It makes up seventy percent of me, sloshing about somewhere in there as I tread–new sprinkler head in hand, length of hose uncoiling, dragging behind–
staring out at the lake as I shower the crusted earth, the irony is not lost on me that there is water everywhere but the land needs me to drink
These last couple months studying abstract nouns have provided a wealth of discoveries, great quantities of new ideas, an abundance of new techniques, a profusion of thoughts, and a plentiful amount of new tools. I feel like these last two months have been a 101 course in abstractions–an overview–and now it’s time to take a more advanced look at the ideas I’ve only had a glimpse of so far. But there is still a wealth of abstract nouns to look at and explore. I’m having trouble deciding, so I think I’ll do both.
Continuing this study into June, I will choose some new abstract nouns and some that I want to revisit. I’ll post the new calendar tomorrow for those of you interested in looking ahead at what I’ll be exploring through the month.
Today’s weather was beautiful, and I’m hoping June will bring many more sunny days, so I can bring my new net-lights outside to play with the sun on the lake. And today I got two floating reflective balls that I’m excited to float on the lake. I’m already excited about their potential for bokeh shapes from a few pictures I took of them in the yard.
I hope you’re enjoying this wealth of content and that you are as inspired by the study of abstract nouns as I am. I’m really looking forward to revisiting some of the words I’ve already explored and diving deeper into sensory perception and imagery associated with those abstractions. If you have a suggestion for an abstract noun to revisit, or one I haven’t looked at please let me know in the comments.
dVerse Poets Pub
For today’s poetics prompt, Punam inspires with the work of Amrita Pritam. The challenge is to choose one of her lines from a list and use it to inspire our poem.
In the Little Empty Space
“Look further on ahead, there between truth and falsehood, a little empty space.” ~Amrita Pritam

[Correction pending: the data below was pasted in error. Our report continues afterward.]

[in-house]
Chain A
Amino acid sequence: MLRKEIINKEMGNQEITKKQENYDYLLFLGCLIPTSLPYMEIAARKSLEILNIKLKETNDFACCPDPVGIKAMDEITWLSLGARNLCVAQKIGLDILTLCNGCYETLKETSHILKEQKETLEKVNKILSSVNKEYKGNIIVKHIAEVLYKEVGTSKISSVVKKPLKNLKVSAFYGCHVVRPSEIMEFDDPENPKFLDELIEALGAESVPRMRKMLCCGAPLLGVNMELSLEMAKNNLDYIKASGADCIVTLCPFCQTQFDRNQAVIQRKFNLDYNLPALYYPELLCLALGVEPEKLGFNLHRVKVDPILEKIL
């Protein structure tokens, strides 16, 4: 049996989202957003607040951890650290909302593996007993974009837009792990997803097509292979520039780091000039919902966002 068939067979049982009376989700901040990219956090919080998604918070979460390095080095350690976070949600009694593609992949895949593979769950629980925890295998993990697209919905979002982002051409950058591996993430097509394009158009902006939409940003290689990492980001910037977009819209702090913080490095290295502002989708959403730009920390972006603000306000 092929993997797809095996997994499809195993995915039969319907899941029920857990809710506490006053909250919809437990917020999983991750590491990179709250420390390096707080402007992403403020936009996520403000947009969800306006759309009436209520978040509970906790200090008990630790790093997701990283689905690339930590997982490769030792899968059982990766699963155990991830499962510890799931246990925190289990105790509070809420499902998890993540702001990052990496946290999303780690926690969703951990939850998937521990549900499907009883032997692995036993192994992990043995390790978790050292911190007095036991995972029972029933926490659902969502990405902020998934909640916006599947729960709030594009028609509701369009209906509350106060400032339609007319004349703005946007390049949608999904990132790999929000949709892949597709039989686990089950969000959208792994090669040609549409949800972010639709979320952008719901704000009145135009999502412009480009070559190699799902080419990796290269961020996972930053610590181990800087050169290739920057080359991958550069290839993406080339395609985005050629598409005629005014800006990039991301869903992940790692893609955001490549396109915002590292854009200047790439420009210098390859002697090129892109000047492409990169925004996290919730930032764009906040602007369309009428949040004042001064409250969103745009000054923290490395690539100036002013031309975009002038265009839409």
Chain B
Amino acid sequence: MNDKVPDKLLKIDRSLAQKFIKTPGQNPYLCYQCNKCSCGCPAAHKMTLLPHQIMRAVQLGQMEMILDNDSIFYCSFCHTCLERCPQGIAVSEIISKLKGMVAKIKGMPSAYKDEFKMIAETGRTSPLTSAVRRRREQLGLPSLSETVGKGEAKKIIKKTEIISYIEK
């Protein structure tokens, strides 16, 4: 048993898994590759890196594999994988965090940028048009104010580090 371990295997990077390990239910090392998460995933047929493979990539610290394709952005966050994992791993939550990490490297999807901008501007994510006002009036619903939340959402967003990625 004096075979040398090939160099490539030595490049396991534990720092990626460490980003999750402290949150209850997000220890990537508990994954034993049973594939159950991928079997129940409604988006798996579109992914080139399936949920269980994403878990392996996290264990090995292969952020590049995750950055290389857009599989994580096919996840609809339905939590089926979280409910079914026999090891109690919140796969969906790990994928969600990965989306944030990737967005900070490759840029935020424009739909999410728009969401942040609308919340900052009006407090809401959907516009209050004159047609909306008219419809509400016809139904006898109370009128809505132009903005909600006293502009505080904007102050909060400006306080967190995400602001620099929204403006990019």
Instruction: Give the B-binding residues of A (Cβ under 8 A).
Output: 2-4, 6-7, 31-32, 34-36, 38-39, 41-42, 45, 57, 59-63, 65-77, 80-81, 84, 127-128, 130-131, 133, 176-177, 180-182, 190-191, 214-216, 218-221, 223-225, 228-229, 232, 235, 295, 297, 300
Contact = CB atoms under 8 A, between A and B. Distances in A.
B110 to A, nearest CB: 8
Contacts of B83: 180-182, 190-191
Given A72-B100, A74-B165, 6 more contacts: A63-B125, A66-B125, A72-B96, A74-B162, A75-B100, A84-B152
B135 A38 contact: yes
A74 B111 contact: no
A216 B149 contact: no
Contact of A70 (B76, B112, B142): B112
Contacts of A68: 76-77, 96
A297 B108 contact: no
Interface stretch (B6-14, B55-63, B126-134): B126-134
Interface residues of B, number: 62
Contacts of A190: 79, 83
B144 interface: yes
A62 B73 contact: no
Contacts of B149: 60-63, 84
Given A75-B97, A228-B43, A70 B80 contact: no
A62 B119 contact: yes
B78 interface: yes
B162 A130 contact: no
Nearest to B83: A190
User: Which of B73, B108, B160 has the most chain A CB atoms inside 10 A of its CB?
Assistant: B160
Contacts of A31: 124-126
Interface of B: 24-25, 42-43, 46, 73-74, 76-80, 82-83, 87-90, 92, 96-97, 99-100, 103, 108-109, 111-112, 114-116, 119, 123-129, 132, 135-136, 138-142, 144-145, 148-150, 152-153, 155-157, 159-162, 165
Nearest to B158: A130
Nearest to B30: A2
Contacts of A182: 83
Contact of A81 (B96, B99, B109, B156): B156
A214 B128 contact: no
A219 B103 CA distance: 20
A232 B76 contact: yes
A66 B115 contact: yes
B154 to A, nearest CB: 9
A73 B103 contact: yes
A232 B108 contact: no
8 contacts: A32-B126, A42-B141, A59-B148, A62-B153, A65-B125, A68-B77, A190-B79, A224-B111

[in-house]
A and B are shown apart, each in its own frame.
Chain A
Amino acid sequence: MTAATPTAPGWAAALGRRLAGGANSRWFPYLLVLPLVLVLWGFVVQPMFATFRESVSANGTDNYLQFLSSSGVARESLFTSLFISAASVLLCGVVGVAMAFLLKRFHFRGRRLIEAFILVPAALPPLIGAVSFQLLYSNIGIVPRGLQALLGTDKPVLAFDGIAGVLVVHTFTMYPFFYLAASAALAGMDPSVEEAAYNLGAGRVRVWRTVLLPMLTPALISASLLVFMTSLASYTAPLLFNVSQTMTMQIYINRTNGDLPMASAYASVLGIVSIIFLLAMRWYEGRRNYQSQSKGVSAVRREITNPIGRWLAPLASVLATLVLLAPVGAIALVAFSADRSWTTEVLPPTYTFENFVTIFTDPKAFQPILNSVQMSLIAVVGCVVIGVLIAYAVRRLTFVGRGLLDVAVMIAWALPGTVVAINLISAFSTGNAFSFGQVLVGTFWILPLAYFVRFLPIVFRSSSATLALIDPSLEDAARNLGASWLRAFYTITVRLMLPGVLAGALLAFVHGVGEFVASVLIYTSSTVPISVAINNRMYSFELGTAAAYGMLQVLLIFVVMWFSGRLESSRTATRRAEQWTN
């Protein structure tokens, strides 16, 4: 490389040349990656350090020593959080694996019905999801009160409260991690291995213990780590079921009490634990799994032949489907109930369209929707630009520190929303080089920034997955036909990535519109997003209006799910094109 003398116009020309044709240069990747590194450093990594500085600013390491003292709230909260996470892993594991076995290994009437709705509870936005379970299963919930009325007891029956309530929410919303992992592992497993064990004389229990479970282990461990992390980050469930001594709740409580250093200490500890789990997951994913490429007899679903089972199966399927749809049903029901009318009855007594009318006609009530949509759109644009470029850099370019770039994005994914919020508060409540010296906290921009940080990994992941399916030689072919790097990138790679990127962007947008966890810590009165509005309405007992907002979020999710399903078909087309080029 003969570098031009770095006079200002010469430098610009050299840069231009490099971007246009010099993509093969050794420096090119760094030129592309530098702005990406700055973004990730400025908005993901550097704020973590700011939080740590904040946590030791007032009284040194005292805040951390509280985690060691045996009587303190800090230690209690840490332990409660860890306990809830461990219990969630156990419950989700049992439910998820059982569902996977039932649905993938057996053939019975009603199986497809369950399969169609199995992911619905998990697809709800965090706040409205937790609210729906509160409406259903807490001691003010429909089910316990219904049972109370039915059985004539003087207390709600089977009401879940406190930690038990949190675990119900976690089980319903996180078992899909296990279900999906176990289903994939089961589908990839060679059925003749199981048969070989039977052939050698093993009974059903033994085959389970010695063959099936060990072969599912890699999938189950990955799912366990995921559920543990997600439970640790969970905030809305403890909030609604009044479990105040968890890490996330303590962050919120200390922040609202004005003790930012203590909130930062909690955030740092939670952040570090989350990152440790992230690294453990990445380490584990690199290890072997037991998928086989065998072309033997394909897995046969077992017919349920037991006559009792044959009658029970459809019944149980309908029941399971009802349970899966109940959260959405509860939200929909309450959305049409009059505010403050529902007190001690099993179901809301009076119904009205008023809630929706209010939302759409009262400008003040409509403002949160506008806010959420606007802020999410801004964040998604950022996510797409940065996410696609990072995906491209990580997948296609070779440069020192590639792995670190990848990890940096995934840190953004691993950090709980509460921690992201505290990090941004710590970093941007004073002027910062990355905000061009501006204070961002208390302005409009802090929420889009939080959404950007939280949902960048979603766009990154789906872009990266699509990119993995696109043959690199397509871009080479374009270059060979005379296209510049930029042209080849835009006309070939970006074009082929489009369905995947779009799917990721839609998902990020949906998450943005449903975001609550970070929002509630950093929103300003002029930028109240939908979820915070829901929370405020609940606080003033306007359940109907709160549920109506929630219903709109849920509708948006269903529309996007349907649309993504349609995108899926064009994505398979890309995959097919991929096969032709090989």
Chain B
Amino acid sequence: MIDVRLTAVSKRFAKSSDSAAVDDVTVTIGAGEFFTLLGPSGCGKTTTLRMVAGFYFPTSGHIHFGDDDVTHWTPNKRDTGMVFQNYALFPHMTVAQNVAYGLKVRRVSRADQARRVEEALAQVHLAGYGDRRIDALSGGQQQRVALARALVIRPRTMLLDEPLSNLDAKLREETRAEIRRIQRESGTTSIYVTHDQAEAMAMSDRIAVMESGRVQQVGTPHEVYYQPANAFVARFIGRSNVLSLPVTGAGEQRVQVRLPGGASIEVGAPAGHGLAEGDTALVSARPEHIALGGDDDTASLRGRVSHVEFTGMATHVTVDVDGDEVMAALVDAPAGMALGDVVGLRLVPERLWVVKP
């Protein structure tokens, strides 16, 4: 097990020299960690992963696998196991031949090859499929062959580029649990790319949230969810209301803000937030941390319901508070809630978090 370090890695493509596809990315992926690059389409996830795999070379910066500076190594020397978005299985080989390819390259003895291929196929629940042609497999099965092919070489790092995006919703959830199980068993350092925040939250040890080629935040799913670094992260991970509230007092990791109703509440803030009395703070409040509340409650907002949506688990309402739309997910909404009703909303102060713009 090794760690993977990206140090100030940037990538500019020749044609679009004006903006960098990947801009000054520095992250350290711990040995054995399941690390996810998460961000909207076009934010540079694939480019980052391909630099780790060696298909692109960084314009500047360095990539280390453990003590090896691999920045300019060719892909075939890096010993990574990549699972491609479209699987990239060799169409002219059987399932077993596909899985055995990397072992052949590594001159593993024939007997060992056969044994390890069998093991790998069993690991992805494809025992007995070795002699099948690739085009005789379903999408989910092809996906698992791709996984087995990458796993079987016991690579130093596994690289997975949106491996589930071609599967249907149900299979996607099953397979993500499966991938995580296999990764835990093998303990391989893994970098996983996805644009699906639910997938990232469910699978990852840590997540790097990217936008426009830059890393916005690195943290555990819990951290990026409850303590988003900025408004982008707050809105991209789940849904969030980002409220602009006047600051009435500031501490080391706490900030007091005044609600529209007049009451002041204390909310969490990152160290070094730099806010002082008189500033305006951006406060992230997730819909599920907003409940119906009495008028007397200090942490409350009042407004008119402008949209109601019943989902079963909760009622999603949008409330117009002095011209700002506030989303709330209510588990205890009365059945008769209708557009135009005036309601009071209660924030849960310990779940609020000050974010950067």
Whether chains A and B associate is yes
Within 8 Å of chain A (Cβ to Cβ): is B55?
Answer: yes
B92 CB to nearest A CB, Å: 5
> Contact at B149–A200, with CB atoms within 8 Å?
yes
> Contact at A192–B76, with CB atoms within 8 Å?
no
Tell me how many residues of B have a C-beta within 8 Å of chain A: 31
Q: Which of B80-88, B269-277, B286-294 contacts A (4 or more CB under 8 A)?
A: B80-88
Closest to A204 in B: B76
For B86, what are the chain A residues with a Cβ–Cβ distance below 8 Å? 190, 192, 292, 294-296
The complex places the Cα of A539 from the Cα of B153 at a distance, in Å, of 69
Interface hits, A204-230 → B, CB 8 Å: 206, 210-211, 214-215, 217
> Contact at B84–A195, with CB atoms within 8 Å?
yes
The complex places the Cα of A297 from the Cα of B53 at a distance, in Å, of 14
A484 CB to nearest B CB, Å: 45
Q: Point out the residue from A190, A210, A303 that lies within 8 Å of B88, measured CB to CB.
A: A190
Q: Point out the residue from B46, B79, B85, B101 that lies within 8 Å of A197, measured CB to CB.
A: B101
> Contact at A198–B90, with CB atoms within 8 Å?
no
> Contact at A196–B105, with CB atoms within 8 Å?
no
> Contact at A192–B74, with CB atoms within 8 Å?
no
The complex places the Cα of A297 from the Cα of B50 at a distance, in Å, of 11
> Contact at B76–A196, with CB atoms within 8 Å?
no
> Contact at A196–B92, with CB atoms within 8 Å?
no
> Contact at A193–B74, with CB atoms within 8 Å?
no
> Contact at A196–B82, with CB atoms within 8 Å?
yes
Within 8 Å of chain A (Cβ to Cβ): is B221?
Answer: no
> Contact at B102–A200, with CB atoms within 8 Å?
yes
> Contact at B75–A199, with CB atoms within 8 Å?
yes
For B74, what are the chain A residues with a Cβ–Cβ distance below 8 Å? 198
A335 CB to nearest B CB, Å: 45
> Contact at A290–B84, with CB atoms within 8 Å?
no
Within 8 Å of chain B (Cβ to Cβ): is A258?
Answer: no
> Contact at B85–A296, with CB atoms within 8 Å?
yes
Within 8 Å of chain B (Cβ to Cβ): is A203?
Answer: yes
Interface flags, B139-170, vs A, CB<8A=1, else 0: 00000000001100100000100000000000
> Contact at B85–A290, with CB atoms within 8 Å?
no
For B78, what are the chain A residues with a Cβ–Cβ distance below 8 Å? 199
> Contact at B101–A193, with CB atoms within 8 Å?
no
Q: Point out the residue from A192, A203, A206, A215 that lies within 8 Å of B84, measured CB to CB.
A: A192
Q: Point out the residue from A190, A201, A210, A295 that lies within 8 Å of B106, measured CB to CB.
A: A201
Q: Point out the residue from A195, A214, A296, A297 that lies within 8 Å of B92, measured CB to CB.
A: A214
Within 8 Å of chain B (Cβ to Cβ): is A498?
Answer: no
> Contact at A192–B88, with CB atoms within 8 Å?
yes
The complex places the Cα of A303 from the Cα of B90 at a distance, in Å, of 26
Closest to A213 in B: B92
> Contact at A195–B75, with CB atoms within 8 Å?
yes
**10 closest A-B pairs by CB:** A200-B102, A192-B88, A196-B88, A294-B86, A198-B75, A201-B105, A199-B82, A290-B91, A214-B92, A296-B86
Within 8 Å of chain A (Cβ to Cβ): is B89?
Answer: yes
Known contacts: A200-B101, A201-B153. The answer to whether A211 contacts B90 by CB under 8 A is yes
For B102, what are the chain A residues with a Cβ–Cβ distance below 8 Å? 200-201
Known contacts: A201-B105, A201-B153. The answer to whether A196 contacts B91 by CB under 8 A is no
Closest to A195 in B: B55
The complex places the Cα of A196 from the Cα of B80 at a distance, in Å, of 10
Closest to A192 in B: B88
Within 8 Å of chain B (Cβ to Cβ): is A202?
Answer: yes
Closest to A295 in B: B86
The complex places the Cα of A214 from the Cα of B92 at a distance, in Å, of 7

I believe I can squeeze through the jagged rocks and hard place threaten but a slim, distant light still begs me on.
If I suck it all in tight and purse my lips and set my jaw and close my eyes and never breathe again, I might distract them
from the original question concern them enough to forget, and not suffer while I emerge on the other side
To a vision scientist like me, sensitivity is only a semi-abstract noun. If you look at the state or quality of being endowed with sensation; having perception through the senses, that’s measurable through scientific experimentation. However, the state or quality of being readily or excessively affected by external agencies or influences and having acute mental or emotional sensibility; aware of and responsive to the feelings of others is not as measurable and easily pained, annoyed, etc. is probably measurable per person, but not as scientifically, since we’re getting into moods.
I’ve always been highly sensitive, both emotionally and perceptually. I was told by my advanced biology teacher in high school that I should never have children if I was so sensitive to the smell in the room that I needed to leave. He sent me to the library, and I never had children. He must have had an amazing sixth sense. Now approaching the mid-century of life, I still have perfect vision, hearing, smell, taste, and touch: though my sensitivity to others and ideas of my sixth sense have diminished, for now, in exchange for contentment and sanity, I think. Which brings us to another definition of sensitivity: requiring tact or caution; delicate; touchy: a sensitive topic.